Adding Flesh to Bone to the Accompaniment of Flesh and Bone


Pile of Plaster of Paris Prepared Panels and Canvases 3 December 2015It’s funny how you find yourself drawn to collect without a clear idea in mind of what you’re going to do with the goodies.  You find you just have to wait for a future to turn up that  reveals all.   Time-space Intrigues. Time-space intrigues me.

One such future arrived, a couple of evenings ago, when I found myself preparing grounds. At last, I had something to do with my assorted stash of battered,bruised, abandoned kids’ board books.

I gutted some of the books of their inside pages, leaving just the back, front and spine. I sanded the surfaces to remove gloss and image/text. I added a reinforcing strip of Plaster of Paris bandage (ModRoc) to the spines, front and back. I then added the same to both pages, front and back and set them aside to dry. I also sanded and ModRoc’d the guts – the cut-out pages. So – nothing wasted.

Pile of Plaster of Paris Prepared Panels and Canvases II 3 December 2015Aside from the board books, I also prepped with ModRoc some small and medium-sized deep canvases. These needed no sanding, so the job was quicker.

In all, I prepared 11 surfaces. It was a job of several hours. I might have given up out of boredom had I not been watching, at the same time, back-to-back episodes of the 2015 TV series Flesh and Bone, grâce à Amazon Prime.

From Rotten Tomatoes: A troubled young dancer lands a job with a prestigious ballet company in New York City, where she deals with a mercurial artistic director …

When I was little I wanted to be a ballet dancer. It was my earliest ambition. I have hazy pre-school memories of a dancing class; carrying and wearing black ballet pumps. Alas, it was not to be. It was a case of Billy Elliott but without the support group that scraped together his bus fare to London, to take up his scholarship with the Royal Ballet. (I admit to watching on occasions, in tears, the very end of the last scene of the Billy Elliott movie, over and over).

Flesh and Bone however, bears no resemblance to the stories of ballet dancers, as in Noel Streatfeild’s Ballet Shoes or the tale of the aspiring ballet dancer serialised in my childhood weekly comic for girls: Bunty. I wonder where all my drawings of ballerinas – usually in arabesque position – went to?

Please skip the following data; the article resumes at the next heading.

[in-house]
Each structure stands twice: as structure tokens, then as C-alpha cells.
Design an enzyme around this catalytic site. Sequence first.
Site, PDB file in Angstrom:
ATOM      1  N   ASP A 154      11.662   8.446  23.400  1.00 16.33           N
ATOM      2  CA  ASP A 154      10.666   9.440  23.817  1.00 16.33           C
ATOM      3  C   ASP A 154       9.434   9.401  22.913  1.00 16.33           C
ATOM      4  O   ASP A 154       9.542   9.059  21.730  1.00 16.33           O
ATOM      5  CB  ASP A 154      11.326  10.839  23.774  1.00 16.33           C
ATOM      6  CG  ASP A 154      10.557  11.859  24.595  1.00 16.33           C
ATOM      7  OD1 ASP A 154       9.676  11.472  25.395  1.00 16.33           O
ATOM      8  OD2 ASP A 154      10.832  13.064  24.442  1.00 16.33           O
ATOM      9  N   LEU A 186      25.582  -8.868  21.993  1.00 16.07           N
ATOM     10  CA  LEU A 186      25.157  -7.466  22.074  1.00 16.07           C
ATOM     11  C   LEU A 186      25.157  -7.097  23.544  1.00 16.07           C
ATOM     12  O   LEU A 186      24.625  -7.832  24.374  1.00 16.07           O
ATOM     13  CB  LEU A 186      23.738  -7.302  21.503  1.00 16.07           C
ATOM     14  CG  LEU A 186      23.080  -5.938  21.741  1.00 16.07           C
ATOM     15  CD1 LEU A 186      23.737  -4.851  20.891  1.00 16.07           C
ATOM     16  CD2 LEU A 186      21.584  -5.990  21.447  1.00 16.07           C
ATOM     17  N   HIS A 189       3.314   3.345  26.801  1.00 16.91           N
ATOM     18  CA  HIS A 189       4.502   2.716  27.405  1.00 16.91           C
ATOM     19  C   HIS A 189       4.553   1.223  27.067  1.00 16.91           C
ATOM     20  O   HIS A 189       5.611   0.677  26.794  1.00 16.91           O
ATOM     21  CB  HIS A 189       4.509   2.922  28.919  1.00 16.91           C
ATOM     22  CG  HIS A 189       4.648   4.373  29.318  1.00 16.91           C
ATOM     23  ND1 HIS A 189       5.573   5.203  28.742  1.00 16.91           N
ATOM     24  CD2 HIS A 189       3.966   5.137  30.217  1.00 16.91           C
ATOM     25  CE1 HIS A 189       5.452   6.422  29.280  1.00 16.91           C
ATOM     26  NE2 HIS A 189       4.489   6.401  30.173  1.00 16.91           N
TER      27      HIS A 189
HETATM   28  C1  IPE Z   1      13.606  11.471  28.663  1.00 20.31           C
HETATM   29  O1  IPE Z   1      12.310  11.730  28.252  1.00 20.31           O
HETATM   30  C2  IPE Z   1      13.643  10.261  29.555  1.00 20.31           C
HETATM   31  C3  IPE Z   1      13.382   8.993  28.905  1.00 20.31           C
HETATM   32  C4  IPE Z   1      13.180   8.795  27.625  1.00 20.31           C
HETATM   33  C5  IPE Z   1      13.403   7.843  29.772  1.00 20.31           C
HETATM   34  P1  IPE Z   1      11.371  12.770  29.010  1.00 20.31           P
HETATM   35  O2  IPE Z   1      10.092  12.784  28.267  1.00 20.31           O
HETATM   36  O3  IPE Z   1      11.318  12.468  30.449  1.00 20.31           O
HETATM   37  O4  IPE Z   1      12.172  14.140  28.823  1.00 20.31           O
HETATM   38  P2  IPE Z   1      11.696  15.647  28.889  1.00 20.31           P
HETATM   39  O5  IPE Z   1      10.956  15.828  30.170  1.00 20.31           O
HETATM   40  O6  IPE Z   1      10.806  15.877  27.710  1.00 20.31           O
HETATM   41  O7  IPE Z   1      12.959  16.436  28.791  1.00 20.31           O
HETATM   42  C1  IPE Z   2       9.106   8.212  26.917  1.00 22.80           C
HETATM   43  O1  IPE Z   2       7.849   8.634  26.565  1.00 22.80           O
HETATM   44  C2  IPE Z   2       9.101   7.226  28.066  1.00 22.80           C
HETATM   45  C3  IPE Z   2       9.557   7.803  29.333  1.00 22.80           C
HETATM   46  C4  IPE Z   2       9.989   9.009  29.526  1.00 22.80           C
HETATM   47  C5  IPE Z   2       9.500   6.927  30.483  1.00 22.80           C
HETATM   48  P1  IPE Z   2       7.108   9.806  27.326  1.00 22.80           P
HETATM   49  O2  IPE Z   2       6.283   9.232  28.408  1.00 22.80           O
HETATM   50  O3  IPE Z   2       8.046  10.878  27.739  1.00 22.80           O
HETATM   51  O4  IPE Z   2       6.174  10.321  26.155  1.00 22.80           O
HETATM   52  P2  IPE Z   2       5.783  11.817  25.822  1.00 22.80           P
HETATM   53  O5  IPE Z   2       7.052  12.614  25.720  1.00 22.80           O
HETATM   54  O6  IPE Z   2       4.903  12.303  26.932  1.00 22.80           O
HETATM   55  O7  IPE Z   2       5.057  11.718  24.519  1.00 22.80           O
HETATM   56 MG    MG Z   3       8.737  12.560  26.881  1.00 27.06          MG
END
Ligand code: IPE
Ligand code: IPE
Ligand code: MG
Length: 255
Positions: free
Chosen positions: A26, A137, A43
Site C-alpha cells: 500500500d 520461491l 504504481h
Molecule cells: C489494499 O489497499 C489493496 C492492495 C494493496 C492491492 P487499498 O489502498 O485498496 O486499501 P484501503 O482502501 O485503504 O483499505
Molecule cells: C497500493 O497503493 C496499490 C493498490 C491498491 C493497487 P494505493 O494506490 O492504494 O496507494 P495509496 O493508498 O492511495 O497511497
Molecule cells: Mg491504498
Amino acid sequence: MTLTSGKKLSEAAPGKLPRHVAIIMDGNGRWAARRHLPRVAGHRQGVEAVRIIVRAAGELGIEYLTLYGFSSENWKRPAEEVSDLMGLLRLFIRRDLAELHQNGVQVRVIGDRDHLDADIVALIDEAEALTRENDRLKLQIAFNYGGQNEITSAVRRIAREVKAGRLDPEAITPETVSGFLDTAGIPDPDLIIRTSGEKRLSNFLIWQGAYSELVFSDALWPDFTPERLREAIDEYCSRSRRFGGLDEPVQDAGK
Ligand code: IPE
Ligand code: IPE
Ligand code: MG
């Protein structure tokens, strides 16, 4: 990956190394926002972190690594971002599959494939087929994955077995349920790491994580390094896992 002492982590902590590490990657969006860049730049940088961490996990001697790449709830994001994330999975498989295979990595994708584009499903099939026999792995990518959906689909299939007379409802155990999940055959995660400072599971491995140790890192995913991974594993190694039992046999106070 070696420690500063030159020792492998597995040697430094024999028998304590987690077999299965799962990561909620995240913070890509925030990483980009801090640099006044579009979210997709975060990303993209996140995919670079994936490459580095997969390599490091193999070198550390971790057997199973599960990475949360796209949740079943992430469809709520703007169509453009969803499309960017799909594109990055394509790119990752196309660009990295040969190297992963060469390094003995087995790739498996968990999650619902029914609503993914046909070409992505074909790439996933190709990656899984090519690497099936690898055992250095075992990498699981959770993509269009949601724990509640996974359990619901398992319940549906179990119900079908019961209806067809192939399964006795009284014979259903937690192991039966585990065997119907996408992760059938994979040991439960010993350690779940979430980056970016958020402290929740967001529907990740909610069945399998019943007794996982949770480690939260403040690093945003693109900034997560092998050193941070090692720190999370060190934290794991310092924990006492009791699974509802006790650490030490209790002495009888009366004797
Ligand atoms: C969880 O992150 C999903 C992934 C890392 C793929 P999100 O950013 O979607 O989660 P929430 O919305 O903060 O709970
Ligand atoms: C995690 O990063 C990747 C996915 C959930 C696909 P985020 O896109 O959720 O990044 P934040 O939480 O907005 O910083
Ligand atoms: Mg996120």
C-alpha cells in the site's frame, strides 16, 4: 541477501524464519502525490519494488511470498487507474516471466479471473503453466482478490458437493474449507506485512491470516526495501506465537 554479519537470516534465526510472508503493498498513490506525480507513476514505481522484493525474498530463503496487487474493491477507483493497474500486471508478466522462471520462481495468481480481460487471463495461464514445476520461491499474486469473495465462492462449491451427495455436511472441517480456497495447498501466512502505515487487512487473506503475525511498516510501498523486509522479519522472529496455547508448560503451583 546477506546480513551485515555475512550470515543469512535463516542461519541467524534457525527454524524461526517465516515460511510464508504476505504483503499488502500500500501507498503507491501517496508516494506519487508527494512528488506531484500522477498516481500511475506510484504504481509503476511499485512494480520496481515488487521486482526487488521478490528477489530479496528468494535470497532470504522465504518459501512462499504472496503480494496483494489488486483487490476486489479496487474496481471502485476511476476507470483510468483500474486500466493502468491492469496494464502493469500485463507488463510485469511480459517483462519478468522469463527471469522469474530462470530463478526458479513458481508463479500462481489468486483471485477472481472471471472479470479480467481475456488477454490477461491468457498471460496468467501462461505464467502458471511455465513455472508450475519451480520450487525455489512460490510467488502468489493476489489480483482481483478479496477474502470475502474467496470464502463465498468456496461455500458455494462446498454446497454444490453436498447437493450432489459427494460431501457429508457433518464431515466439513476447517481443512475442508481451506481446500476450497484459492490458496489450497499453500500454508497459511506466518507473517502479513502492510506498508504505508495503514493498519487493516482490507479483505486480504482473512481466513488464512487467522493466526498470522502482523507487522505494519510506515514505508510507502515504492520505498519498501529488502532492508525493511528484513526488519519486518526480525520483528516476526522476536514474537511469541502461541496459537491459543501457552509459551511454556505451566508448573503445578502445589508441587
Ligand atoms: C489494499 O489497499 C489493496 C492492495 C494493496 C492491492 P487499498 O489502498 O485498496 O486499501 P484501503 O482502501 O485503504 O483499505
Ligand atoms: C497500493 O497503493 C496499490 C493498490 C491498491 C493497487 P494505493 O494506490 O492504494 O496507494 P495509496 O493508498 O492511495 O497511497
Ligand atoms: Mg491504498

And that first ever painting – a ballerina in arabesque – I did in grammar school? As usual, I had failed to get the extended leg (aka working leg) anatomically correct. “Are shadows black?” asked my art teacher – I’d included beneath her supporting leg, an ominous black shadow. I could have answered in the affirmative, but I was too young for metaphysics. My art teacher had clearly never come across the subject.

I like the larger of these panels. There is a flaw running right through it, which, like David Hockney, I will make the most of.

I like the larger of these panels. There is a flaw running right through it, which, in the manner of David Hockney, I will make the most of.

Flesh and Bones is full of black shadows beneath the arabesques. It’s not an easy watch.The foul-mouthed, back-biting members of the dance company are all (yes, all) troubled. (For troubled you can read psychotic, neurotic, psychopathic). So far (and I’ve watched all but the last of the 8 episodes) there are only two characters one can warm to. One is the flawed heroine – Claire, the aspiring ballerina.

There’s obscene language, drug-taking, sex scenes of every nature excepting bestiality, seedy settings, mafia-like personae, prostitution and sex slavery. Flesh is kind-of soap opera, but there are aspects which, like Black Swan, places it within the genre of horror. I’ve had to put my hand up to black out the screen on occasions.

Who, you ask, is the second character one can warm to?   Check out the series. It’s rivetting. Alright, here’s a clue:  think Lear’s Fool.  And if the actor who plays the role doesn’t win some kind of accolade, I’ll eat my ballet shoes. Well, I don’t have a pair now, so I will have to eat my Merrill’s, or my size 3 builder’s safety boots, though I would insist on spitting out the steel toe-caps and heels. (How many builders can there be with size 3 (35) feet, I wonder?)

And so, as I prepared to gut out and re-flesh the bones of my art supports, I came across Flesh and Bone. (Ha! to coincidence). What am I to learn from this encounter? Something about arabesques, for sure. And more. I will devote some time to reverie over this, Bachelard-wise.

I’ve already added the first coat of encaustic to half a dozen of the grounds (see third image). Is this the equivalent of sinew over bone?  Now there’s a metaphysical word worth fleshing-out.

About AnnIsikArts

Artist/Writer, Proofreader/Copy Editor
This entry was posted in Art, Encaustic Art, Inspiration, Writing and tagged , , , , , , , , , . Bookmark the permalink.

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